By: Lydia Slattery 6/21/19 Oshkosh Northwestern
OSHKOSH - As more than 700 teens will come to UW-Oshkosh to participate in a week-long program about voting and governing, it's important to remember those rights weren't always guaranteed for them, organizers said.
Badger Girls State is in its 76th year, which means it was formed 24 years after the state Legislature ratified the 19th Amendment in June 1919, giving women the right to vote. The 19th Amendment wasn't even a part of the U.S. Constitution until more than a year later in August 1920 when enough states had ratified it.
Badger Girls State, which is sponsored by the American Legion Auxiliary, is an annual program that teaches girls about governing and politics for a week in June.
They learn about how to run for office, voting and American ideals, said Dany Thompson chairperson of Badger Girls State. They have to create the laws they want, but they do it by themselves, she said.
In essence, it's like they're creating a 51st state, Thompson said.
The attendees form cities to live in, which they go on to represent via elections and enact laws and ordinances. It's a way to engage teens in government, according to the Badger Girls State website.
Most who attend are 16 or 17 years old, which means they'll soon be eligible to vote, so the program teaches them the importance of voting and how it affects state and local laws, Thompson said.
People can follow along about the 2019 election results on the Girls State website www.alabgs.org.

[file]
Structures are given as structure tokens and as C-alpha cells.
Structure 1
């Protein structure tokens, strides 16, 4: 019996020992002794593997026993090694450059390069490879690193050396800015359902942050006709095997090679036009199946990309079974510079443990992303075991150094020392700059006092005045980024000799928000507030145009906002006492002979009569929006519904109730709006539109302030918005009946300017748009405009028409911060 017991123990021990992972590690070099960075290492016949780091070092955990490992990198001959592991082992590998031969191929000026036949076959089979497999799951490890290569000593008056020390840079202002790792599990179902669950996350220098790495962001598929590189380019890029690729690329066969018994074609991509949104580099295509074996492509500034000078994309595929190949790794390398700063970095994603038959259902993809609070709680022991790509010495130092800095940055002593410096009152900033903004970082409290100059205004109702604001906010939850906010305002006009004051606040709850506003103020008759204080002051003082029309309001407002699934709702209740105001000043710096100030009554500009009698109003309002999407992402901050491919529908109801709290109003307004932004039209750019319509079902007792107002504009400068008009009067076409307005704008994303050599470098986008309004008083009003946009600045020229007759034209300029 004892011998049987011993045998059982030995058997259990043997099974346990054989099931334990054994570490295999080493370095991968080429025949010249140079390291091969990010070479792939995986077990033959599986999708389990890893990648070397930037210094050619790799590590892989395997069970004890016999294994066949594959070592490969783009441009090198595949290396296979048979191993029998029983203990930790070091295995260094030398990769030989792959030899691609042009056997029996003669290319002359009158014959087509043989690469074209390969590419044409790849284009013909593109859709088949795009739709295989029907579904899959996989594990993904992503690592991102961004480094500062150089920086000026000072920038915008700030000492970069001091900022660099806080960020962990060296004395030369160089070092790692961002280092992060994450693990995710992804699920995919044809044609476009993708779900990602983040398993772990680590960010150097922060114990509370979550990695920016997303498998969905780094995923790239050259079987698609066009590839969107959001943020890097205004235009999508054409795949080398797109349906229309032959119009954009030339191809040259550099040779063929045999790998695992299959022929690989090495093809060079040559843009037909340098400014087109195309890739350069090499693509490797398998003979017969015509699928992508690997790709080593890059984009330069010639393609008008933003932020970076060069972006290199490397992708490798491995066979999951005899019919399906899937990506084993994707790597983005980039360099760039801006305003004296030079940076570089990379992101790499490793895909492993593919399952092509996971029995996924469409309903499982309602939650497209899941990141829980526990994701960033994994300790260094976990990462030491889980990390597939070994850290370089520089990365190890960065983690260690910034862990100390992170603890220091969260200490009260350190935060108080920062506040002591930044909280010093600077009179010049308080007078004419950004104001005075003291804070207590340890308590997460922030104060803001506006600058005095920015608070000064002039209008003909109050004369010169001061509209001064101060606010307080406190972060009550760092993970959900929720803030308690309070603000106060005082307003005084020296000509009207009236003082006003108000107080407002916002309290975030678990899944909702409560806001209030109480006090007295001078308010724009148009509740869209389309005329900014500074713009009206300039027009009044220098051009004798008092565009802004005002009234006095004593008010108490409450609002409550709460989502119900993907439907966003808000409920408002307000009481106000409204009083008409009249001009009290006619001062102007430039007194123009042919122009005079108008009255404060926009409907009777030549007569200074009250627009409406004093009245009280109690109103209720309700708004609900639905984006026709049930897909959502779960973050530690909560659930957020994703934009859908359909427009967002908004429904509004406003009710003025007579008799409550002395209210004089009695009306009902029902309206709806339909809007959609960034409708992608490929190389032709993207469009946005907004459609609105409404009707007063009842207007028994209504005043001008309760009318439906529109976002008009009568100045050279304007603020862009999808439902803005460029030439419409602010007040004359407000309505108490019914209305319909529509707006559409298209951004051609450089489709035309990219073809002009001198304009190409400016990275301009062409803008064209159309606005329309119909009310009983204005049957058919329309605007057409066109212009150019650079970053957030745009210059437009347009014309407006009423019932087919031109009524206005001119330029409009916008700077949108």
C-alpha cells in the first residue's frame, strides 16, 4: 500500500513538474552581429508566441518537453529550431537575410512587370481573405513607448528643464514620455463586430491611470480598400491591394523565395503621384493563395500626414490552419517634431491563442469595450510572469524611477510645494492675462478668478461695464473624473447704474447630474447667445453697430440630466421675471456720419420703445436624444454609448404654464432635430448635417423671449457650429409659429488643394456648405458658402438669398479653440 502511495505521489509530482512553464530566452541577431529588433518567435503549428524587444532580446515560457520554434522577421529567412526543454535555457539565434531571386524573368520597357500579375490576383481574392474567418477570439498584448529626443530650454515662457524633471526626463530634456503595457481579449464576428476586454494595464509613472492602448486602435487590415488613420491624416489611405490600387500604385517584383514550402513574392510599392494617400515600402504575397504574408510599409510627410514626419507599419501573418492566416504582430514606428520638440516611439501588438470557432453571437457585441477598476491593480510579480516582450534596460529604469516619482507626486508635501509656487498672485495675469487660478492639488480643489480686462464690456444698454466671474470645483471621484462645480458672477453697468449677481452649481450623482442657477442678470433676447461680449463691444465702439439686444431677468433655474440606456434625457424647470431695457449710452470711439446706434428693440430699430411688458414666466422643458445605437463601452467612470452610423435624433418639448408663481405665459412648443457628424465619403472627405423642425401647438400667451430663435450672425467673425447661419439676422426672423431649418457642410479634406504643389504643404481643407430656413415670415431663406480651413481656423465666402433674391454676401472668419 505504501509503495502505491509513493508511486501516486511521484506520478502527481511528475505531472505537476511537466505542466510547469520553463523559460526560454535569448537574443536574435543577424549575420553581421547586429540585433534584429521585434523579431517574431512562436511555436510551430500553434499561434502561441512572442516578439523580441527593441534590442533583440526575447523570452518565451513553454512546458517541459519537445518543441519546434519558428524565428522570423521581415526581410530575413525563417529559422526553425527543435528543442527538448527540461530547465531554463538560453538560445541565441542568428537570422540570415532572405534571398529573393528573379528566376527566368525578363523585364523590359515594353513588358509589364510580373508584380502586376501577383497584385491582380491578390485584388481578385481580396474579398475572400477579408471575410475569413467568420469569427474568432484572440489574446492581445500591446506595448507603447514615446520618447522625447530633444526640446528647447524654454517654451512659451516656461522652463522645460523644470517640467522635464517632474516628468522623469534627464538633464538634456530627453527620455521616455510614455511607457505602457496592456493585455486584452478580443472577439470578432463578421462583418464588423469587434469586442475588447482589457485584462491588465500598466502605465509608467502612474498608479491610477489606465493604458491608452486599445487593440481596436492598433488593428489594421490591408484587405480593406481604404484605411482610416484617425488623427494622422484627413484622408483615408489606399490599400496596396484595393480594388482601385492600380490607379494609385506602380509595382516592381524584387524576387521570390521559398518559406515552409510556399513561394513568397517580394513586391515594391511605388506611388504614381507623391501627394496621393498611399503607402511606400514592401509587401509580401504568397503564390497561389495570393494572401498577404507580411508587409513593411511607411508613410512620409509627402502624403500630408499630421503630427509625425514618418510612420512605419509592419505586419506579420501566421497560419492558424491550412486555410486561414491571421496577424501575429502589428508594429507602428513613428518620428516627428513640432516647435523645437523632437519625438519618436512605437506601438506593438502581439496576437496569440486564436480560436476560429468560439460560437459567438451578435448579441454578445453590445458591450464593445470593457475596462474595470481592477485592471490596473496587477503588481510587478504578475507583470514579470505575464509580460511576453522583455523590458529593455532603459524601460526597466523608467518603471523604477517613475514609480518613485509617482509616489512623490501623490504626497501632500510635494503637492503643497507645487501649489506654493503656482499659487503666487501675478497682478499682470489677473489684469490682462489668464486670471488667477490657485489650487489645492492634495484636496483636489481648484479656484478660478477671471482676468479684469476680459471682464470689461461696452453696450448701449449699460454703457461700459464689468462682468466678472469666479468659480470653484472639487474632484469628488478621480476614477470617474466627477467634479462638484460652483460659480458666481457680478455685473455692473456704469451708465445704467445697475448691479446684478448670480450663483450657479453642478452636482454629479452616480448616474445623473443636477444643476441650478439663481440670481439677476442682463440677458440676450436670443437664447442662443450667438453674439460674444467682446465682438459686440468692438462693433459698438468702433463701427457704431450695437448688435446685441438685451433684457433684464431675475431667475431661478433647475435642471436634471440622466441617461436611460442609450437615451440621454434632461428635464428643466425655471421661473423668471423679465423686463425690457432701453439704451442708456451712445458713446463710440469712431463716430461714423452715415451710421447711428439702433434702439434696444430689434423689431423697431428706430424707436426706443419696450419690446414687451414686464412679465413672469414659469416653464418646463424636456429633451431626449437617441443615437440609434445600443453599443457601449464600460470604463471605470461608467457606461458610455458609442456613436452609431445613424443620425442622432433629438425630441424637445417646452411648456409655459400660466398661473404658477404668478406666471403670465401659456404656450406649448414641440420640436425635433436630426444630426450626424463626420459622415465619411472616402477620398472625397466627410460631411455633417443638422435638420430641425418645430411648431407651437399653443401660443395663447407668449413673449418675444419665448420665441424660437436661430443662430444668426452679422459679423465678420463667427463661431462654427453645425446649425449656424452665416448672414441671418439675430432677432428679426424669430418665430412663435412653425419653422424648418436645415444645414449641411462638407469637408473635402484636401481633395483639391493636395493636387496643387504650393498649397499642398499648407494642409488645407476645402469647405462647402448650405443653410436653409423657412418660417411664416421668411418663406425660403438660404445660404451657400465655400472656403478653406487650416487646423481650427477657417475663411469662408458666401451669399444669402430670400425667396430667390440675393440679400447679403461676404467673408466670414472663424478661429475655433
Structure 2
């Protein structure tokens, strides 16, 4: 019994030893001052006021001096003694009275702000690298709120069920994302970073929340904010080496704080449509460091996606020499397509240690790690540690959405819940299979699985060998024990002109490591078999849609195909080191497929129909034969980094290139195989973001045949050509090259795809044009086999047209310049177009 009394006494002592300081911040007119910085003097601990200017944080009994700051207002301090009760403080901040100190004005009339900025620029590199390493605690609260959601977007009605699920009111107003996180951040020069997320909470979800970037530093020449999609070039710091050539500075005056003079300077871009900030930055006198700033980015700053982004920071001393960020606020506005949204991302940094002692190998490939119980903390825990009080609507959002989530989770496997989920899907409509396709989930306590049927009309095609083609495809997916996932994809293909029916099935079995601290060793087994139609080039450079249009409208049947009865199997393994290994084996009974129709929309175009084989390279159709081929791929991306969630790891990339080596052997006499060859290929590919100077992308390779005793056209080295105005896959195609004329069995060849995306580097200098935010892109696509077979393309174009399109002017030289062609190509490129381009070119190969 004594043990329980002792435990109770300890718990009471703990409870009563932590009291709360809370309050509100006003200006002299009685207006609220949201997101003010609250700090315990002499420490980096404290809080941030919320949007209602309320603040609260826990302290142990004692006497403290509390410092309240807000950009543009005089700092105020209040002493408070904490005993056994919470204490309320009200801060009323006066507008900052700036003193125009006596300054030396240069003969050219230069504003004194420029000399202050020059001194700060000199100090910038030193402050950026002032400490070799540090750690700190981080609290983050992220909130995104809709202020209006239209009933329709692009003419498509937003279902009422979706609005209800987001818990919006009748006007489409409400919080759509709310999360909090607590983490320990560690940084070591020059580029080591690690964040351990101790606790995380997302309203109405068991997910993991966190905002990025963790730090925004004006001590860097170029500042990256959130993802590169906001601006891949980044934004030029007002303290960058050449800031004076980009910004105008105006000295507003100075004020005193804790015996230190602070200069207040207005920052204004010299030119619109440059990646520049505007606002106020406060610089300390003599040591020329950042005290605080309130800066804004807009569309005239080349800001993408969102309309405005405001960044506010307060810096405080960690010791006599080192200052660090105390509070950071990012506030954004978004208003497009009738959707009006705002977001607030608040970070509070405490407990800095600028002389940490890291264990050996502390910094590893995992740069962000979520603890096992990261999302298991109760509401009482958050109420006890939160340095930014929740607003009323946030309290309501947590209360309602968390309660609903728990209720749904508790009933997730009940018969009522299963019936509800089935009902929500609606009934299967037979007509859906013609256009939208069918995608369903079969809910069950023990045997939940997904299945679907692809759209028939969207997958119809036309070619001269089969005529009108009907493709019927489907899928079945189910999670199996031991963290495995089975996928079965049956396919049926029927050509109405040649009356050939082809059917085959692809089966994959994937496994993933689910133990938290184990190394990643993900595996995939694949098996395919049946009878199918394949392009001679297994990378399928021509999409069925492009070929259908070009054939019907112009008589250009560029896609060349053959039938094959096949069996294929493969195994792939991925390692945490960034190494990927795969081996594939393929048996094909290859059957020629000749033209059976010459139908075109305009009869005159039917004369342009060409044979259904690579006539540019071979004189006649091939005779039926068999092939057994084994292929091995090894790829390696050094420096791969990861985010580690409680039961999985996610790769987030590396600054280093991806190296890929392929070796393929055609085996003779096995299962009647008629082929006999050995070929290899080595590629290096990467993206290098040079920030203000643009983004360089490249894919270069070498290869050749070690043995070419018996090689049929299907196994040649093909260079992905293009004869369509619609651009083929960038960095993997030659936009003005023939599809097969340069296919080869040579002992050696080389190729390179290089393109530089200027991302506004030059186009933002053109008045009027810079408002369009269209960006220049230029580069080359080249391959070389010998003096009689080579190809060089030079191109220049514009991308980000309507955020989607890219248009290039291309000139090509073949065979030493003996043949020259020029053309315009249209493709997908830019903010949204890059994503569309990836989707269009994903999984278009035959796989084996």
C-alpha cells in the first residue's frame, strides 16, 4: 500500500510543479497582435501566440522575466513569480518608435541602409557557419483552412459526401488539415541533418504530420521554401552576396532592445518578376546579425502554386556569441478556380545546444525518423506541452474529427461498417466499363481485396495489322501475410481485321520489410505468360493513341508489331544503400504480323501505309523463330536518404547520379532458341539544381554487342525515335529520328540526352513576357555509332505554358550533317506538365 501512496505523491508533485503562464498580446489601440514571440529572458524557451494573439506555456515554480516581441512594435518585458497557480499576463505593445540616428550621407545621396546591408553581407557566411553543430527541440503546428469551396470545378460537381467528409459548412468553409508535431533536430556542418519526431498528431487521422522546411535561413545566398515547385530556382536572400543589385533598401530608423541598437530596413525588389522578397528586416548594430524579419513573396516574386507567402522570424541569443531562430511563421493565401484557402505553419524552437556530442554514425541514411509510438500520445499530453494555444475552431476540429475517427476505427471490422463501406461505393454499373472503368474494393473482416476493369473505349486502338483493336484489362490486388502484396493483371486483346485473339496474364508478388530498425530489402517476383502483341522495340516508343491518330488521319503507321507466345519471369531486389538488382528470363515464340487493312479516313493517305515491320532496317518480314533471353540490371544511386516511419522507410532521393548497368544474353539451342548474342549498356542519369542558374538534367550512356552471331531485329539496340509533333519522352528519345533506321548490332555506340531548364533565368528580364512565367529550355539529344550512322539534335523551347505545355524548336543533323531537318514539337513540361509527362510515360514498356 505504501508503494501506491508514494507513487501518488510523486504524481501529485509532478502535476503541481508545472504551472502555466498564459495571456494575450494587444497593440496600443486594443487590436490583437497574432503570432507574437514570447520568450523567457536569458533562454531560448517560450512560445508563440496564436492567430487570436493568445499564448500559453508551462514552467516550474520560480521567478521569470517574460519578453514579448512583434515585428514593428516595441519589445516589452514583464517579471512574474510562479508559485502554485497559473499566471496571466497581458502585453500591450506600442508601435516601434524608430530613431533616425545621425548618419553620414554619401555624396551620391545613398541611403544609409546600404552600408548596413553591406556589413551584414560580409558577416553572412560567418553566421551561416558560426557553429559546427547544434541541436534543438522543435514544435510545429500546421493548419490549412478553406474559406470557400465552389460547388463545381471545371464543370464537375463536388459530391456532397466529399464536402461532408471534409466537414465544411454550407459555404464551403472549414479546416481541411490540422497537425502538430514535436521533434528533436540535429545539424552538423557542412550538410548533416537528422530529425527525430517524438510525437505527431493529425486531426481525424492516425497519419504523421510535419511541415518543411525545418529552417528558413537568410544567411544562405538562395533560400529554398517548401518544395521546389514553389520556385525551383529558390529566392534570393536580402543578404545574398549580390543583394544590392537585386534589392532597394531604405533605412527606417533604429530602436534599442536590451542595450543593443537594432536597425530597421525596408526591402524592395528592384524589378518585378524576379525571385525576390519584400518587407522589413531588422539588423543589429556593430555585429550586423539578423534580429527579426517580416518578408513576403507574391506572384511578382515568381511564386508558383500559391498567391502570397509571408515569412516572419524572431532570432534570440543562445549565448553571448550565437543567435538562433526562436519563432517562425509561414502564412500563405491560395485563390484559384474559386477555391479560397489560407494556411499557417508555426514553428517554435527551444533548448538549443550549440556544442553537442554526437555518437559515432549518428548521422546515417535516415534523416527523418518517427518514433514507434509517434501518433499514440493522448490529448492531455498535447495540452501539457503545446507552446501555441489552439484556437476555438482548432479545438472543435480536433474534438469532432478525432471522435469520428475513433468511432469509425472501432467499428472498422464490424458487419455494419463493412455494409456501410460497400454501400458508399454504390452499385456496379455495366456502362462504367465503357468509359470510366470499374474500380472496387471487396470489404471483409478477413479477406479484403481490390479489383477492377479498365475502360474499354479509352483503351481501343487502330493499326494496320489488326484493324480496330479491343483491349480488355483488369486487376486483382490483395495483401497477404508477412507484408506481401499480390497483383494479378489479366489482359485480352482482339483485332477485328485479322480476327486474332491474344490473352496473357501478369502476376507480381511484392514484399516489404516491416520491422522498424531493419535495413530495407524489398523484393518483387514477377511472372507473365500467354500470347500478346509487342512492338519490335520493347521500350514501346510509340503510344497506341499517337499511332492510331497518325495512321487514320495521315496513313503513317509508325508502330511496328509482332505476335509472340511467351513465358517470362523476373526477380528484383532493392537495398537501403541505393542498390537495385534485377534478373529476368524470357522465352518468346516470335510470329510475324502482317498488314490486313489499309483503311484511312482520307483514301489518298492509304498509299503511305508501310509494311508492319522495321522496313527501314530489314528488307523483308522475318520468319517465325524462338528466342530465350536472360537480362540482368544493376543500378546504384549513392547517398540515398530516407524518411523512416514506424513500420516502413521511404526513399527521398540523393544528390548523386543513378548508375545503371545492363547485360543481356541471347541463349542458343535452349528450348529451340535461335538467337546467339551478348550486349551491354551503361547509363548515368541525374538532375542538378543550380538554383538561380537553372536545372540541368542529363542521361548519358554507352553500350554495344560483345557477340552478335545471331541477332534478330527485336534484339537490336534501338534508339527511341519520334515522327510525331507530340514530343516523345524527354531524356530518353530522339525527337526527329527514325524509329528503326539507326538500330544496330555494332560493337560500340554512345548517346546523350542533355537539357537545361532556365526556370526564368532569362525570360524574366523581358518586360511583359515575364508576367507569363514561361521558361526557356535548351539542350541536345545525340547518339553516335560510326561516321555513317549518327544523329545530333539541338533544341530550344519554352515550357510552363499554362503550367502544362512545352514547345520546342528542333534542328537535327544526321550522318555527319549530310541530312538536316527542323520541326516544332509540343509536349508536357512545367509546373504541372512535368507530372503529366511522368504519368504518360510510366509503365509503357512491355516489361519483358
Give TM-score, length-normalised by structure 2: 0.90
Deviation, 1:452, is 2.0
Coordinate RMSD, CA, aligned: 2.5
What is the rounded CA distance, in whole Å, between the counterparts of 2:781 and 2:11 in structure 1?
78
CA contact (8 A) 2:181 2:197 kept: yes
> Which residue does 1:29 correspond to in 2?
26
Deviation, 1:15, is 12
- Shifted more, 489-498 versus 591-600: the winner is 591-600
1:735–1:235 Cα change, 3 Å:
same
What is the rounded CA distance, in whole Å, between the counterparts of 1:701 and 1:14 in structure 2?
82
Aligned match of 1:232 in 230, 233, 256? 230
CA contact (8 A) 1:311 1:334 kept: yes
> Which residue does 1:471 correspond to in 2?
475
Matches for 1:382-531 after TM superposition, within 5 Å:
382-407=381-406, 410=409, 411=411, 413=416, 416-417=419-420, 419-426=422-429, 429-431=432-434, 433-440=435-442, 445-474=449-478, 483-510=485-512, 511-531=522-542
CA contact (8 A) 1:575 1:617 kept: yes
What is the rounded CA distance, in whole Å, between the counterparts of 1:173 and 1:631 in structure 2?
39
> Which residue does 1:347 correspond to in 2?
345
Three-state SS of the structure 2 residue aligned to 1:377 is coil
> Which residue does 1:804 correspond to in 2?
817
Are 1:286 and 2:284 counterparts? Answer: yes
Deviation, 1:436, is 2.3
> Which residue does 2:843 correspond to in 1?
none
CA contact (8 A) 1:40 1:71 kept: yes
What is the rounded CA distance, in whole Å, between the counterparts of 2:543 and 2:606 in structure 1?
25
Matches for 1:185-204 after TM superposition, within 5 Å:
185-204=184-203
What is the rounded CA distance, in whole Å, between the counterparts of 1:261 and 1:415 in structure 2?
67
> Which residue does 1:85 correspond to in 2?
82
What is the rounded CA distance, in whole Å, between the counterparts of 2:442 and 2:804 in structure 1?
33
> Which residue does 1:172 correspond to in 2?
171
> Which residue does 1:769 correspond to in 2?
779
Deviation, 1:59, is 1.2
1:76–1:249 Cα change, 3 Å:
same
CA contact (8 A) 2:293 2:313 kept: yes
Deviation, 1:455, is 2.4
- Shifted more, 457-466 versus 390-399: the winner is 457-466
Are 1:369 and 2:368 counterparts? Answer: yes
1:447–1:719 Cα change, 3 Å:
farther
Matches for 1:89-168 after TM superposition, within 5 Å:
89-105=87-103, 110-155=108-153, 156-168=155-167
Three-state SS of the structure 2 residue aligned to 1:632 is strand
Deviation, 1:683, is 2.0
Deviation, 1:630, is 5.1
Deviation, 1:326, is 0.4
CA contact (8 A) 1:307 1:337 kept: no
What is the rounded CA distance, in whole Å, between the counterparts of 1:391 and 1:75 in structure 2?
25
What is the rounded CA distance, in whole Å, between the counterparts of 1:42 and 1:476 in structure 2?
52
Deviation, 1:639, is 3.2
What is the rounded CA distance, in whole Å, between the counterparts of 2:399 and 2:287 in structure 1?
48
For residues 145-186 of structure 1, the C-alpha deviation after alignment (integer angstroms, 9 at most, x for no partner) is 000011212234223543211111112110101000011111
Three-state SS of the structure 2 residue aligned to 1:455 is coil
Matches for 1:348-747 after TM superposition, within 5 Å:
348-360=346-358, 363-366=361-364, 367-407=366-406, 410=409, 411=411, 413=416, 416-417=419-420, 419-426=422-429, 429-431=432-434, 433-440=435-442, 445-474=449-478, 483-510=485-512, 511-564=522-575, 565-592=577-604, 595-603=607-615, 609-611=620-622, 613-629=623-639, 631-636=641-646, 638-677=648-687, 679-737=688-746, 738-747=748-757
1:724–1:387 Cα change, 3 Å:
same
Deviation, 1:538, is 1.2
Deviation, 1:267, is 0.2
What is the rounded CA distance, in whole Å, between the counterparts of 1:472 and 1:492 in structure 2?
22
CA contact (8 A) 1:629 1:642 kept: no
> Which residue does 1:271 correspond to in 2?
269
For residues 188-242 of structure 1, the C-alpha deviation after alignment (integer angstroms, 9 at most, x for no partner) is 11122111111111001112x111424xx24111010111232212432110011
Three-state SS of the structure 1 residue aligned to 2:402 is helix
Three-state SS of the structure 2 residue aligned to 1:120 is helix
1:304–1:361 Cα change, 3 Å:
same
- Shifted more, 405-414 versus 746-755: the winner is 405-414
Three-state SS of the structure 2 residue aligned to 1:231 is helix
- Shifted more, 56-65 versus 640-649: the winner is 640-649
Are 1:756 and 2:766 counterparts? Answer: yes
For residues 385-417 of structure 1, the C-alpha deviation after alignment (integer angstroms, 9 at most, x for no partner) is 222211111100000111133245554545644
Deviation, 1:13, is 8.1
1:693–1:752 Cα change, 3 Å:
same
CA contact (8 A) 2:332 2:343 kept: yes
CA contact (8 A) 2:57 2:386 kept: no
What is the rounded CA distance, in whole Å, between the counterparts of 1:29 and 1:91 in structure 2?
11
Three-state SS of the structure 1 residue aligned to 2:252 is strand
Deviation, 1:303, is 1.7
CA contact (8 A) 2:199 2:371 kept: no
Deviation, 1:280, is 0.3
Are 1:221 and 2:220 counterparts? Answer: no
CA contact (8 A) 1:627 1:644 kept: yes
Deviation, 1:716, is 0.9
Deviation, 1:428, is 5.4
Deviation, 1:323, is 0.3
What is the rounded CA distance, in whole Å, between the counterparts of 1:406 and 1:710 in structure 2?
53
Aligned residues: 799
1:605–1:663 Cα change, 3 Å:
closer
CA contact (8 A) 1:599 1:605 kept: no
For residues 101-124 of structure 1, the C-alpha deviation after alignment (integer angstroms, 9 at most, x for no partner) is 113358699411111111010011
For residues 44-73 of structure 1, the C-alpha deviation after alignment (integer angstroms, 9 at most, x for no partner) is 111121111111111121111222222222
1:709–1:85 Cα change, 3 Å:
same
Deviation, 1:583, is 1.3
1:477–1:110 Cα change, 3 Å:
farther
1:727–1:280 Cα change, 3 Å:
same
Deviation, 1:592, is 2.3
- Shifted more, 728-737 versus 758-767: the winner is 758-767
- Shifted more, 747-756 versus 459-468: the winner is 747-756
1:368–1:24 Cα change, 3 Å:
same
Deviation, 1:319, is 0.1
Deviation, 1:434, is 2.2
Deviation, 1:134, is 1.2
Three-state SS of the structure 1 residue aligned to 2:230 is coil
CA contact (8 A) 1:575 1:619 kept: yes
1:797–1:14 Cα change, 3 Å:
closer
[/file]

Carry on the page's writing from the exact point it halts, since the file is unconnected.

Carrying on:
Georgia Eggert, of Shawano, and Emelia Smith, of Oshkosh, give one-minute speeches while running for county sheriff during American Legion Auxiliary Badger Girls State Monday, June 17, 2019, at the University of Wisconsin-Oshkosh.
Georgia Eggert, of Shawano, and Emelia Smith, of Oshkosh, give one-minute speeches while running for county sheriff during American Legion Auxiliary Badger Girls State Monday, June 17, 2019, at the University of Wisconsin-Oshkosh. (Photo: Danny Damiani/USA TODAY NETWORK-)
"We want more women running for office. We want people to go out and vote," Thompson said.
The attendees will also be eligible to run for office in the future, which women aren't always encouraged to do, Thompson said.
Women have have paved the way for future generations of women to run. Oshkosh's own Jessie Jack Hooper unsuccessfully ran as a Democrat for U.S. Senate in 1922.
While women have been able to run for office for nearly a century, they're still underrepresented in the Wisconsin Legislature, since women hold a quarter of the seats in the Capitol but make up more than half the population in the state. Wisconsin has also never had a female governor.
It's open to Wisconsin girls who've just finished their junior year of high school and their grades must place them in the top two-thirds of the class rank, Thompson said. The girls are nominated by their high schools or American Legion Auxiliary, she said.
Between 700 and 730 teens attend the event each year, Thompson said. Each state has its own version and Wisconsin's is the third largest, she said. Indiana and Missouri host larger groups, she said.
Gov. Tony Evers, Attorney General Josh Kaul, Superintendent of Public Instruction Stanford Taylor and State Treasure Sarah Godlewski — a former Badger Girls State participant — were set speak to the attendees Thursday about Wisconsin's passage of the 19th Amendment 100 years ago and the importance of voting, Thompson said.
Badger Girls State has produced a number of elected officials throughout the years including state Rep. Katrina Shankland (D-Steven's Point), Thompson said. A lot of young women also run for city and county offices, she said.
"We do know that it has made an impact," Thompson said.
She's proud of the program and the entire event is run by volunteers, Thompson said.